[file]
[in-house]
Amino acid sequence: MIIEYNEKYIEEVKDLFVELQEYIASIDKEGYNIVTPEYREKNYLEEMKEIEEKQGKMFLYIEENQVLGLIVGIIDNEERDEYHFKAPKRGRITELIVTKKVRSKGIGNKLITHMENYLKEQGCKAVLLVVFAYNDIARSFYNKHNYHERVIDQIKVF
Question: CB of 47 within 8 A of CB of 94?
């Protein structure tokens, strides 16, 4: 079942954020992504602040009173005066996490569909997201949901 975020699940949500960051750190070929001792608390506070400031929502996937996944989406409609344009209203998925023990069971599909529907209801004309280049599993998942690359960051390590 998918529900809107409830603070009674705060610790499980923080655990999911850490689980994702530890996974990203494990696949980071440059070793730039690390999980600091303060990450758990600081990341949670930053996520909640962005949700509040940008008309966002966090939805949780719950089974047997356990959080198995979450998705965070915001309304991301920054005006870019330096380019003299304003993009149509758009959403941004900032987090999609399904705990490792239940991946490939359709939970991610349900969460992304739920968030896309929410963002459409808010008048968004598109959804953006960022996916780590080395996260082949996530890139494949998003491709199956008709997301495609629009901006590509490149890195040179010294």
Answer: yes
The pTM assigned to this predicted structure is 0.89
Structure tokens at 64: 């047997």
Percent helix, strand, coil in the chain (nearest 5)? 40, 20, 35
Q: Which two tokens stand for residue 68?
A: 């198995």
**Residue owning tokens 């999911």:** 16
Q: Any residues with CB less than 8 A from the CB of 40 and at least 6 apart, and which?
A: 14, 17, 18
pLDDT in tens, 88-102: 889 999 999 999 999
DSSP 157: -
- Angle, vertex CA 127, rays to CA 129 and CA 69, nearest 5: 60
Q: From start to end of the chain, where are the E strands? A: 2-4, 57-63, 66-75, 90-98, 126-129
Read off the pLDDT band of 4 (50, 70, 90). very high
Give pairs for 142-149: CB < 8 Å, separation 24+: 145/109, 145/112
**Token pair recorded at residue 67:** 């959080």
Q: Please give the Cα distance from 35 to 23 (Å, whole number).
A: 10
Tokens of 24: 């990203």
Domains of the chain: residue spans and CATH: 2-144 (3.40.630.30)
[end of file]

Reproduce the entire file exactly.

[in-house]
Amino acid sequence: MIIEYNEKYIEEVKDLFVELQEYIASIDKEGYNIVTPEYREKNYLEEMKEIEEKQGKMFLYIEENQVLGLIVGIIDNEERDEYHFKAPKRGRITELIVTKKVRSKGIGNKLITHMENYLKEQGCKAVLLVVFAYNDIARSFYNKHNYHERVIDQIKVF
Question: CB of 47 within 8 A of CB of 94?
């Protein structure tokens, strides 16, 4: 079942954020992504602040009173005066996490569909997201949901 975020699940949500960051750190070929001792608390506070400031929502996937996944989406409609344009209203998925023990069971599909529907209801004309280049599993998942690359960051390590 998918529900809107409830603070009674705060610790499980923080655990999911850490689980994702530890996974990203494990696949980071440059070793730039690390999980600091303060990450758990600081990341949670930053996520909640962005949700509040940008008309966002966090939805949780719950089974047997356990959080198995979450998705965070915001309304991301920054005006870019330096380019003299304003993009149509758009959403941004900032987090999609399904705990490792239940991946490939359709939970991610349900969460992304739920968030896309929410963002459409808010008048968004598109959804953006960022996916780590080395996260082949996530890139494949998003491709199956008709997301495609629009901006590509490149890195040179010294």
Answer: yes
The pTM assigned to this predicted structure is 0.89
Structure tokens at 64: 């047997």
Percent helix, strand, coil in the chain (nearest 5)? 40, 20, 35
Q: Which two tokens stand for residue 68?
A: 């198995």
**Residue owning tokens 């999911």:** 16
Q: Any residues with CB less than 8 A from the CB of 40 and at least 6 apart, and which?
A: 14, 17, 18
pLDDT in tens, 88-102: 889 999 999 999 999
DSSP 157: -
- Angle, vertex CA 127, rays to CA 129 and CA 69, nearest 5: 60
Q: From start to end of the chain, where are the E strands? A: 2-4, 57-63, 66-75, 90-98, 126-129
Read off the pLDDT band of 4 (50, 70, 90). very high
Give pairs for 142-149: CB < 8 Å, separation 24+: 145/109, 145/112
**Token pair recorded at residue 67:** 């959080």
Q: Please give the Cα distance from 35 to 23 (Å, whole number).
A: 10
Tokens of 24: 């990203």
Domains of the chain: residue spans and CATH: 2-144 (3.40.630.30)